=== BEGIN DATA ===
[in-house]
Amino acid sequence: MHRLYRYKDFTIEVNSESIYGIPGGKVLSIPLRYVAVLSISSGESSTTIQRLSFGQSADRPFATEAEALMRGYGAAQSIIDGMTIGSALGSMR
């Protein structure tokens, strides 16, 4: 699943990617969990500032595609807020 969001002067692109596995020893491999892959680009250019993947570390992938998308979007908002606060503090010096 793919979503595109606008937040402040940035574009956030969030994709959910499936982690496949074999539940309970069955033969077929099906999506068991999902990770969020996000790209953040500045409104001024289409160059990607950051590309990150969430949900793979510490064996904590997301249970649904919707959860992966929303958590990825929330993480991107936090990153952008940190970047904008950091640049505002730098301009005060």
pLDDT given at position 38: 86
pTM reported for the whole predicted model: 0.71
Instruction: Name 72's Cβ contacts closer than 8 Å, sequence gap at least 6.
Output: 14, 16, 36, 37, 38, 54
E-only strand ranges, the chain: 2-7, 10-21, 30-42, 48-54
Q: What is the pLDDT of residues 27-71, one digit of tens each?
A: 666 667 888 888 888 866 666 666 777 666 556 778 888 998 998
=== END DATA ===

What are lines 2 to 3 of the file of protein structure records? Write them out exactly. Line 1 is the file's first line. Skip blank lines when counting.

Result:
Amino acid sequence: MHRLYRYKDFTIEVNSESIYGIPGGKVLSIPLRYVAVLSISSGESSTTIQRLSFGQSADRPFATEAEALMRGYGAAQSIIDGMTIGSALGSMR
């Protein structure tokens, strides 16, 4: 699943990617969990500032595609807020 969001002067692109596995020893491999892959680009250019993947570390992938998308979007908002606060503090010096 793919979503595109606008937040402040940035574009956030969030994709959910499936982690496949074999539940309970069955033969077929099906999506068991999902990770969020996000790209953040500045409104001024289409160059990607950051590309990150969430949900793979510490064996904590997301249970649904919707959860992966929303958590990825929330993480991107936090990153952008940190970047904008950091640049505002730098301009005060």